BETHANY - Members of Castleman Run United Methodist Church will be celebrating the church's 200-year-old roots with a weekend of food, entertainment and activities reminiscent of its old days.
Set for Friday evening through Sunday afternoon, the celebration will include live music, pony and wagon rides, skillet-throwing and hog-calling contests and several re-enactment groups pitching camp sites near the church.
The church's origins can be traced to 1814, when the land was consecrated for worship by the Rev. Joshua Monroe after George Jones, a local farmer, donated it for worship.
Shirley Kemp, a trustee at the church, said many area residents would camp at the site for a weekend of worship and fellowship.
"People would come in wagons with their families and bring food and stay for the weekend. We're trying to re-create some of that feeling," said Kemp.
To do that, Kemp enlisted her brother, Lynn Cowell, to bring his re-enactment group and several others to recreate life in that period. She said a limited amount of space also will be available for others to join them in pitching period-inspired camp sites there.
The re-enactors will be setting up Friday evening, and everyone is invited to bring picnic baskets and blankets for a picnic supper on the lawn at 6 p.m. It will be followed by music by Mike and Debbie Hensler and others and an evening prayer service around a bonfire and sing-along led by JoAnn Davis.
On Aug. 23, there will be strolling bagpiper Nila Boyd, period games for children, face painting, pony and wagon rides and period demonstrations through the day.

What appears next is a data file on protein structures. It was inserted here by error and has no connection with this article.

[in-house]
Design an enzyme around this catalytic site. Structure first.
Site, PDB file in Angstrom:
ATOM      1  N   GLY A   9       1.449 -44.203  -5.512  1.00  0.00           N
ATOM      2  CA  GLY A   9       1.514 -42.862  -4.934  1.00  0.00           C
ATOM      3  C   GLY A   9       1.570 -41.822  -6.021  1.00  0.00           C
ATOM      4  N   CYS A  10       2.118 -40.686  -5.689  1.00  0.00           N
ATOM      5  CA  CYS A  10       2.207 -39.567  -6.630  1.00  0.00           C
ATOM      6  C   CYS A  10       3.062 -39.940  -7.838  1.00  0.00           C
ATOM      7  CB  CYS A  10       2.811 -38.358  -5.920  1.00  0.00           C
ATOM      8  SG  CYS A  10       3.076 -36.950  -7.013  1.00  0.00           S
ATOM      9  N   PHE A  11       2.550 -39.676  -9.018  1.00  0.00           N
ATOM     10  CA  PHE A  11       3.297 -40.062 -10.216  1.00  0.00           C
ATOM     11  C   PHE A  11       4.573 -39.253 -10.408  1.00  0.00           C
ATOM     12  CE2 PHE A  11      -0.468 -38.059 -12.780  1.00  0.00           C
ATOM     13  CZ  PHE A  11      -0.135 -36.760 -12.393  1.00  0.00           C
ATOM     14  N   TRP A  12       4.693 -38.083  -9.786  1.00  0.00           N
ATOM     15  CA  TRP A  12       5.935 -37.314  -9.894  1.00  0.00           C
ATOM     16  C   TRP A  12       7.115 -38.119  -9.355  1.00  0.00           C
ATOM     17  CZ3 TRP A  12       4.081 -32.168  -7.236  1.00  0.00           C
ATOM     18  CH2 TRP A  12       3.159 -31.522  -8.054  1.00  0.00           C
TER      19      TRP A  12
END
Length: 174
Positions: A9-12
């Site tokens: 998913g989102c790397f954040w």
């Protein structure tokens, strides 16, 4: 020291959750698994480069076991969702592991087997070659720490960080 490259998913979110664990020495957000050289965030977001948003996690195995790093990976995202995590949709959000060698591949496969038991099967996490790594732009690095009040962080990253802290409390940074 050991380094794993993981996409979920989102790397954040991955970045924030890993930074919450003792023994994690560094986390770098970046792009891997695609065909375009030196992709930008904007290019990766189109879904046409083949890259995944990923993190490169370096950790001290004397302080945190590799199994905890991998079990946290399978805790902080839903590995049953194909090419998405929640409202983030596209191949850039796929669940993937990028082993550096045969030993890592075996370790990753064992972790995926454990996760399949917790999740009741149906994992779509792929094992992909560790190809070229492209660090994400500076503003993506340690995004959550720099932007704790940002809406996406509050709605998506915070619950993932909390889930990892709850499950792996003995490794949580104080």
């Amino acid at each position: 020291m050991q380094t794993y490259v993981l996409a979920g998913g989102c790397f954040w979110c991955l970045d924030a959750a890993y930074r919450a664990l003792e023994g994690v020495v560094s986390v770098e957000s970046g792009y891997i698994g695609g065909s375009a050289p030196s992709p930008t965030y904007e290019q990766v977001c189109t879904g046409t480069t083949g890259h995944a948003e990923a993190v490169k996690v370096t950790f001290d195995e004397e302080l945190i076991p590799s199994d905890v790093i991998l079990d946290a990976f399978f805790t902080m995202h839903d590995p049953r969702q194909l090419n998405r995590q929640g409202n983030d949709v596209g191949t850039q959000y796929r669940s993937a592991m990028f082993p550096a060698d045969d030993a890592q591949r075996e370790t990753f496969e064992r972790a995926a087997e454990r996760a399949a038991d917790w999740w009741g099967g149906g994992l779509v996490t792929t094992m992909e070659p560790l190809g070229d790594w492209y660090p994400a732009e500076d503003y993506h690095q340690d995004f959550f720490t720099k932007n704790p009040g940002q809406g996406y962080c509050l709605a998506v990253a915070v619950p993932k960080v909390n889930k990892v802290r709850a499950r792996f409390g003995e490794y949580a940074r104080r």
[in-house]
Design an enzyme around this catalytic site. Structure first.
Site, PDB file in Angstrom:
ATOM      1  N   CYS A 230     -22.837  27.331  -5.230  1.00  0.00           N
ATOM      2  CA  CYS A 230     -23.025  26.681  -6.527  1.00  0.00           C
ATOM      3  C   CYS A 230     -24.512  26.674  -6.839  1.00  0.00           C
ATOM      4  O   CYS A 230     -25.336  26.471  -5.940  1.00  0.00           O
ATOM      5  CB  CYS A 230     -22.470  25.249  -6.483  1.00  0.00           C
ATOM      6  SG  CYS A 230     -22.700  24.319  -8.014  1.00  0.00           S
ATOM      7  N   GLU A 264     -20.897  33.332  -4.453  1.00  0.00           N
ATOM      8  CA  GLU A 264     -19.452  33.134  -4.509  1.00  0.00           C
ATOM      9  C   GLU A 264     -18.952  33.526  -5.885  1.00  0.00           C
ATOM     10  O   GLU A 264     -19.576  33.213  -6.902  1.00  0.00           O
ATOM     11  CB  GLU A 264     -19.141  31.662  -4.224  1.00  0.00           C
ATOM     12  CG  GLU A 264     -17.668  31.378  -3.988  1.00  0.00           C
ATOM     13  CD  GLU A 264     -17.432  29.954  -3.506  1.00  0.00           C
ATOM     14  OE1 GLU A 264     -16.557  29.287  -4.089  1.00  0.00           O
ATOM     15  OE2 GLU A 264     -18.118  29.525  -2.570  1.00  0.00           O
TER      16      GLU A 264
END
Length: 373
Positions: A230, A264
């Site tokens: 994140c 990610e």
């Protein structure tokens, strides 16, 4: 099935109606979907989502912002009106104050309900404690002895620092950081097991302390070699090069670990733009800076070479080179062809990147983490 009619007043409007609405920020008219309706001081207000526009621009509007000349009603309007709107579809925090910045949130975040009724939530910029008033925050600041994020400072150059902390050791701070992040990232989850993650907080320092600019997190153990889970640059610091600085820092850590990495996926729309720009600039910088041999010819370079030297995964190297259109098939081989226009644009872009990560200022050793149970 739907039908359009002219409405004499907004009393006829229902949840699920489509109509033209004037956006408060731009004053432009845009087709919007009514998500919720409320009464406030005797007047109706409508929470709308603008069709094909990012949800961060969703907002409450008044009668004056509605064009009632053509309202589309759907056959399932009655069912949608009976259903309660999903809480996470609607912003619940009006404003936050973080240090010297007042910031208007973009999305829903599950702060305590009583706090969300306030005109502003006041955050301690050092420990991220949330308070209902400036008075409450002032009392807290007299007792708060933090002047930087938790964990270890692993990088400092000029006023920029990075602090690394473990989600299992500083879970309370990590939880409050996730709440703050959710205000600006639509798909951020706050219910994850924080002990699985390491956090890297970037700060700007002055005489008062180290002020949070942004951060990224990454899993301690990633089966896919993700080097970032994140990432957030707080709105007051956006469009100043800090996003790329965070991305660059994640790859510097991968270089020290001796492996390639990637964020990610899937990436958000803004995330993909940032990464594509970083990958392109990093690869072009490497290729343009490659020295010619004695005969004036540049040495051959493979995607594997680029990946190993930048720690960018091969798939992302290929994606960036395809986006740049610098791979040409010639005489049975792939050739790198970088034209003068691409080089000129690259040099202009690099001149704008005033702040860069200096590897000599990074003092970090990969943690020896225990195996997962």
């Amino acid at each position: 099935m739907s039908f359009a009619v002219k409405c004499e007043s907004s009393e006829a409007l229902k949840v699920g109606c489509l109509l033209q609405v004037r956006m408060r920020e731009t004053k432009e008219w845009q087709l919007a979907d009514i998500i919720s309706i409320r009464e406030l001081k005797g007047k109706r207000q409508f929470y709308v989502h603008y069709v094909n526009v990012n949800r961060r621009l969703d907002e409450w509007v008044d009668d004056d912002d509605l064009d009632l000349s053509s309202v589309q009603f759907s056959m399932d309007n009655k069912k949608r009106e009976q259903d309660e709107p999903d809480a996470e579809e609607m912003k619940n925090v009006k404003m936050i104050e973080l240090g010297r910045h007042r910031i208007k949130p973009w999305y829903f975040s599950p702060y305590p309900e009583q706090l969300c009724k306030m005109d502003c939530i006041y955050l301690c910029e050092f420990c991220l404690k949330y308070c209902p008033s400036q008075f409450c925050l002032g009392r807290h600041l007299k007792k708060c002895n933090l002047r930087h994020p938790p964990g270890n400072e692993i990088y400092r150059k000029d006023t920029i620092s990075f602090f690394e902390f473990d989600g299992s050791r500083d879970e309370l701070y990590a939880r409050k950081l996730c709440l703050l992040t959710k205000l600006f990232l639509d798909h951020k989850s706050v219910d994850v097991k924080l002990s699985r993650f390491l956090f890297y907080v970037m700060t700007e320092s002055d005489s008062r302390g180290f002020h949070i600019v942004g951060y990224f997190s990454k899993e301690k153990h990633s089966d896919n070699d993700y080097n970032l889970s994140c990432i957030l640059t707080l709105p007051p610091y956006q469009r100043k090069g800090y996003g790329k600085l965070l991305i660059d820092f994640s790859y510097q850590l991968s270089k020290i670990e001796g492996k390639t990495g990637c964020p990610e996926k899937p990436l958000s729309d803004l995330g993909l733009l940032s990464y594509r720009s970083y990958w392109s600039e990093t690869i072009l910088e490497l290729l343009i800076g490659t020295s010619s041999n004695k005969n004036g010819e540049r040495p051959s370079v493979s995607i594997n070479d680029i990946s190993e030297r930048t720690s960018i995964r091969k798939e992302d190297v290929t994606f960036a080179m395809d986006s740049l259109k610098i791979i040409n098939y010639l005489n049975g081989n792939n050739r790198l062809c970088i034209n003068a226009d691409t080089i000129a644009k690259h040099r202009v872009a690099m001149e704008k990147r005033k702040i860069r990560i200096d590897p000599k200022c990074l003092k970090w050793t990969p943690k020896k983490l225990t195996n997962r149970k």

There also will be gospel music and magic at 11 a.m., a skillet-throwing contest, with prizes for various age groups, at 1 p.m., music by Sandy Lusco Huffman and Bob Podish, beginning at 2 p.m., a hog-calling contest (also for various age groups) at 4 p.m. and music by the Honkytonk Sweethearts and bonfire evening service, beginning at 7 p.m.
The Bethany Woman's Club and others also will be selling home-made bread, pies, breakfast items and other food on Aug. 23.
Aug. 24's events will include a breakfast (Cost of $5.95) at 8 a.m. and a morning worship service with Martha Ognibene, district superintendent for the United Methodist Church.
It will be followed at about 11 a.m. by a re-enactment of the consecration of the land, with Matt Charlton, a former pastor and current member of the church, assuming the role of Monroe, and George Jones III portraying his great-grandfather.
Kemp said Jones, who lives in Washington, Pa., will be presenting the original deed for the land and is among several descendants of Jones invited to attend.
A picnic lunch will follow at 11 a.m. and an afternoon service at 2 p.m. with several past pastors and others slated to share memories of the church.
For further details, contact Shirley Kemp at (304) 829-4342 or email@example.com.
Kemp said the church has a small but active congregation, and its members have been busy preparing for the special occasion.
"Everybody has pitched in. They really have been very supportive," she said.